Both ways can be applied to contemporary affairs. The Warrior is always on the move and is able to establish a base of power while transient. The shifts and transitions do not conflict, but in the end enhance the Warrior's abilities. The Hermit is also in a state of continuing transition. A hermit gains strength through passivity, standing back from conflict, looking at things clearly and objectively, and remaining noncommittal until it is absolutely necessary to react. He aggressively pursues passivity by moving, not standing still and seeking out areas and arenas where constructive passivity can best be applied.

The Warrior is dynamic, assertive and taking a stand. A Hermit is also dynamic in his own way by actively not taking a stand. In integrating the Warrior and Hermit approaches, Zen training provides a timely new paradigm for being clear in thoughts and disciplined in actions to establish harmonious interpersonal relations and attain mutually beneficial goals.

Encounter vs. Confrontation

A key objective is to transform dysfunctional conflicts (or Confrontations) rife with antagonism and turmoil into creative negotiations (or Encounters) characterized by shared purposes and cooperation. In a Confrontation, words do not ease tensions or have a reforming impact but cause the basic inflexibility of structure to tighten. It is characterized by personal will and gain, divisiveness, threats, and demands. It results in a direct challenge based on alternating aggressive and passive attitudes which lead to conflict and discord.

A Confrontation compounds futility and leads to further misunderstanding, whereas an Encounter is a productive form of negotiation with mutually beneficial results. Through negotiations, agreements, and ongoing teamwork, one can use indirect methods to reach goals by creating situations that facilitate cooperation. Both approaches involve some kind of meeting but the former, by being one-dimensional in attitude, fails to mobilize multiple factors of constructive engagement.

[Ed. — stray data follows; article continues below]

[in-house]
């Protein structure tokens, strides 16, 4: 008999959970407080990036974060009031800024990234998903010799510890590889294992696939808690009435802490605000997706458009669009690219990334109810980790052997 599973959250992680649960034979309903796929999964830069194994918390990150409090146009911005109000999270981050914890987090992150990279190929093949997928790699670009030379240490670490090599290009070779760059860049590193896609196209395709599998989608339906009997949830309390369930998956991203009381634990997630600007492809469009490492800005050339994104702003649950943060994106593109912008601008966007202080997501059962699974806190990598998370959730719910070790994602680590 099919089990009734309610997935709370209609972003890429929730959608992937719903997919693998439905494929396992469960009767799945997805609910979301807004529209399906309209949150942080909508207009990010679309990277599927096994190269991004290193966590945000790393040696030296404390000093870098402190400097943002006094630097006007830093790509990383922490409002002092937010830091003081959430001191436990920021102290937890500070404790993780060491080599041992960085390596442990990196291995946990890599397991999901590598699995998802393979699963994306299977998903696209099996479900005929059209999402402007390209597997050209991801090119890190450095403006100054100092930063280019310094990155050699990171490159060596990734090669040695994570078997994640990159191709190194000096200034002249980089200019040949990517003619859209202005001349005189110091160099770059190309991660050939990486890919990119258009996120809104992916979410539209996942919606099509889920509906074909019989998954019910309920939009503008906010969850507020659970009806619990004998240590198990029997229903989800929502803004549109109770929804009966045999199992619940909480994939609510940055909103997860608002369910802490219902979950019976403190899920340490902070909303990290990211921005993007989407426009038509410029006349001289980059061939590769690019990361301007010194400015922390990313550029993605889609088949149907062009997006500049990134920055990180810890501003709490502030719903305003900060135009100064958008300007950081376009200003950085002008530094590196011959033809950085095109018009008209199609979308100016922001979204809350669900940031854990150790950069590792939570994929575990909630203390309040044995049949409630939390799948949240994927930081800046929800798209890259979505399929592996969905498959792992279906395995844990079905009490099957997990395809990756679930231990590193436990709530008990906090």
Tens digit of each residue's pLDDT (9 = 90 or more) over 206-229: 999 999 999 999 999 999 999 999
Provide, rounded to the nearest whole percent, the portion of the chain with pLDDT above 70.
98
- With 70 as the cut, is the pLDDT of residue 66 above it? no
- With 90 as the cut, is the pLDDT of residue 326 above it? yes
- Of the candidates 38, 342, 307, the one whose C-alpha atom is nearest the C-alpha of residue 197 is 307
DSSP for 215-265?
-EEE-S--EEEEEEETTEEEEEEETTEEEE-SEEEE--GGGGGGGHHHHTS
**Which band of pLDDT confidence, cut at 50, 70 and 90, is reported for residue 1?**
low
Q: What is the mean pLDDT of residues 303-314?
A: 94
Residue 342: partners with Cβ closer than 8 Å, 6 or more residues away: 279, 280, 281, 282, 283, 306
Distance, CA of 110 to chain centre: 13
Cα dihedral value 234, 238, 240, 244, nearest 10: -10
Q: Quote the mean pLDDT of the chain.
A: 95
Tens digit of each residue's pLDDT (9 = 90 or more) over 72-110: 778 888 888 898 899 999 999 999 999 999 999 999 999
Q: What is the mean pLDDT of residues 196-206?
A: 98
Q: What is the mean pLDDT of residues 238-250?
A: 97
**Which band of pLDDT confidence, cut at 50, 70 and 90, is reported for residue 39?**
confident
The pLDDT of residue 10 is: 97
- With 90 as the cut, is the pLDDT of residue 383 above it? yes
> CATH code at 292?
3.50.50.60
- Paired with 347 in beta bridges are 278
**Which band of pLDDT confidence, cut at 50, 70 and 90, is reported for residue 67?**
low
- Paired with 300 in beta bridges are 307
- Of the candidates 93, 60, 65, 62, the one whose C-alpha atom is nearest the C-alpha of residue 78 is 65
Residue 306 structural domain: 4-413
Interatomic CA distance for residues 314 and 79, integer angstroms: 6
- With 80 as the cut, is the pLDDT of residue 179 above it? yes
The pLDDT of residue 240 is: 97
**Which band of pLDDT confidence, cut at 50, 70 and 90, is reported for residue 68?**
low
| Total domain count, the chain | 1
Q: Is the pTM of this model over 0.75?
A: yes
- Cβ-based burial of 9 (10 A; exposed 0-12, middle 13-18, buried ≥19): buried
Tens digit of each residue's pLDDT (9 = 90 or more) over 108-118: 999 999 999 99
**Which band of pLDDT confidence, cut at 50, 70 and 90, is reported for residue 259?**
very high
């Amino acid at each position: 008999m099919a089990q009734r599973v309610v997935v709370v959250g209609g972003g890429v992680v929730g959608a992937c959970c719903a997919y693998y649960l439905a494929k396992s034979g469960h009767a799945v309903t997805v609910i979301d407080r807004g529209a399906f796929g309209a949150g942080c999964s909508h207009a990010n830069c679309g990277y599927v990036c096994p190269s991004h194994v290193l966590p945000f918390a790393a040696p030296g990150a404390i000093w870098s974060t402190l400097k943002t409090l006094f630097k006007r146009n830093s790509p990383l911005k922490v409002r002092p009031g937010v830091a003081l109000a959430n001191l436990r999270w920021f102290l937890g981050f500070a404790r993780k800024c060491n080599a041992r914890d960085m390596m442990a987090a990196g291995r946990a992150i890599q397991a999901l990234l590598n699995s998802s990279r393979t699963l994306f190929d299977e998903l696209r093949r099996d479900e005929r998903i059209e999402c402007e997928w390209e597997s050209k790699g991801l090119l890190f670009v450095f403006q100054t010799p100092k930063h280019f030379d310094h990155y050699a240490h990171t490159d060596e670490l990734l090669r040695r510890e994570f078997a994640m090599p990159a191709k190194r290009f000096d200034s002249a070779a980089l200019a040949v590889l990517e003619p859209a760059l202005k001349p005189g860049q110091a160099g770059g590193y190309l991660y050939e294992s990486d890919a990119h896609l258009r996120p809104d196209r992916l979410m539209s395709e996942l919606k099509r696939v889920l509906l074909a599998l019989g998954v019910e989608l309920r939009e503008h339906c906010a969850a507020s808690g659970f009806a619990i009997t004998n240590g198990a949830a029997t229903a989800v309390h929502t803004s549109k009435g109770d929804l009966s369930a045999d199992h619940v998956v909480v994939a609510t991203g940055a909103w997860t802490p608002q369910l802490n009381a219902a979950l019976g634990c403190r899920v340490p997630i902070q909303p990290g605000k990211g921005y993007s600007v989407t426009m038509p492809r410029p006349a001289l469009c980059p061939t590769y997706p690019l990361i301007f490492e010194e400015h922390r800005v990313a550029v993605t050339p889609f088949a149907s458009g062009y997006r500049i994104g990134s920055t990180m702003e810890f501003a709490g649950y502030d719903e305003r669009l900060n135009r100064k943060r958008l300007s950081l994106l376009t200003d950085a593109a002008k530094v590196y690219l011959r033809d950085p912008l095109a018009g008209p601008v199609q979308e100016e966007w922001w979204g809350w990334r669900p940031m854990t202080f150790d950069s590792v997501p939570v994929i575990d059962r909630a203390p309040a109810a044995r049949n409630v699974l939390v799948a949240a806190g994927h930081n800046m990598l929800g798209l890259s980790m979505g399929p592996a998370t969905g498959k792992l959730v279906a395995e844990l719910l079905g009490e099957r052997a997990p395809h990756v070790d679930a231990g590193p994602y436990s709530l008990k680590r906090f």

The Four Steps

The Four Steps are a means of developing self-discipline and self-control to overcome obstacles at the workplace and achieve success in the professional world through an Encounter. By cultivating the Unmoving Mind and by applying the methods discussed in "White Collar Zen", one is able to deal with professional challenges:

tep 1: Recognize a Crisis in Structure

Recognize a crisis in the structure of the work organizational environment and work through channels by investigating the roots of the problem, but without jumping to conclusions in either blaming others or remaining unassertive.

tep 2: Use Words Creatively

Speak creatively to alter perceptions and receptivity regarding a problem in organizational structure by getting one's message across effectively. One persuades not because of self-interest, but based on genuine commitment to ideals and goals.

tep 3: Silence as a Tool for Strategic Planning

Move beyond reliance on words by knowing when to refrain from speaking if verbal communication falls short, and let events take a natural course through waiting patiently yet without becoming overly passive.

tep 4: Enter the Realm of Anti-Structure

When both words and no-words fail, a more inventive form of "White Collar Zen" is required, which is found in the fourth step, the path of anti-structure. Awakening the Unmoving Mind empowers you to cross over invisible lines of hierarchy and division. Seize the moment for a bold, break the rules anti-structural expression that is based on integrity and responsibility. Cutting through structure involves taking risks but can be appropriate and conducive to progressive interaction and growth. There are times when the attitudes or behavior of Zen masters are unpredictable and even outrageous in questioning authority that is arbitrary and therefore oppressive. A famous saying is, "If you see the Buddha on the road, kill the Buddha." This approach relinquishes any attachment to security and safety and takes a Zen master's leap from a 100-foot pole.

External links

* [http://www.fiu.edu/~heines/ Steven Heine]
* [http://whitecollarzen.com/ White Collar Zen]
* [http://hbswk.hbs.edu/archive/4838.html/ Harvard Business School]